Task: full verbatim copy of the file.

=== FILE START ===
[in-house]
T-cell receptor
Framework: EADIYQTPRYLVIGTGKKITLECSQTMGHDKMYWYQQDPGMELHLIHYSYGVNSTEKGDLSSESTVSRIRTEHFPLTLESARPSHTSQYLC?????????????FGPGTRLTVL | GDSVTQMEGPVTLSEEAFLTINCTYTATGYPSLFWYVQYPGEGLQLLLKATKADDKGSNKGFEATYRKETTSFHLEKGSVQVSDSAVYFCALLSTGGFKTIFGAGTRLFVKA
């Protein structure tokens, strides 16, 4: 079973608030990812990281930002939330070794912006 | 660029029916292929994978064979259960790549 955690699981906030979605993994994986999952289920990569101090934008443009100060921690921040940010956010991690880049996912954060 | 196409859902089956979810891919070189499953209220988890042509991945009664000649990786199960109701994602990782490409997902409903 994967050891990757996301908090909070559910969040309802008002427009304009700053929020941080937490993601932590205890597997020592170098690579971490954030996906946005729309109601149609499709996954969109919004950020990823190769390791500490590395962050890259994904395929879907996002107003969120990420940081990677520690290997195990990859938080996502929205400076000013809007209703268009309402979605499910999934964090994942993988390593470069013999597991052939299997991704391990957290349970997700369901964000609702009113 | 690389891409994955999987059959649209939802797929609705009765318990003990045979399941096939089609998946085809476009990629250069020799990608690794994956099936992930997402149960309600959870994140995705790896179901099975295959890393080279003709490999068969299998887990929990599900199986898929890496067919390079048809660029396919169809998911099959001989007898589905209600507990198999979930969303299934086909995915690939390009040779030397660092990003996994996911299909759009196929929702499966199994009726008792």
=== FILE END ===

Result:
[in-house]
T-cell receptor
Framework: EADIYQTPRYLVIGTGKKITLECSQTMGHDKMYWYQQDPGMELHLIHYSYGVNSTEKGDLSSESTVSRIRTEHFPLTLESARPSHTSQYLC?????????????FGPGTRLTVL | GDSVTQMEGPVTLSEEAFLTINCTYTATGYPSLFWYVQYPGEGLQLLLKATKADDKGSNKGFEATYRKETTSFHLEKGSVQVSDSAVYFCALLSTGGFKTIFGAGTRLFVKA
């Protein structure tokens, strides 16, 4: 079973608030990812990281930002939330070794912006 | 660029029916292929994978064979259960790549 955690699981906030979605993994994986999952289920990569101090934008443009100060921690921040940010956010991690880049996912954060 | 196409859902089956979810891919070189499953209220988890042509991945009664000649990786199960109701994602990782490409997902409903 994967050891990757996301908090909070559910969040309802008002427009304009700053929020941080937490993601932590205890597997020592170098690579971490954030996906946005729309109601149609499709996954969109919004950020990823190769390791500490590395962050890259994904395929879907996002107003969120990420940081990677520690290997195990990859938080996502929205400076000013809007209703268009309402979605499910999934964090994942993988390593470069013999597991052939299997991704391990957290349970997700369901964000609702009113 | 690389891409994955999987059959649209939802797929609705009765318990003990045979399941096939089609998946085809476009990629250069020799990608690794994956099936992930997402149960309600959870994140995705790896179901099975295959890393080279003709490999068969299998887990929990599900199986898929890496067919390079048809660029396919169809998911099959001989007898589905209600507990198999979930969303299934086909995915690939390009040779030397660092990003996994996911299909759009196929929702499966199994009726008792």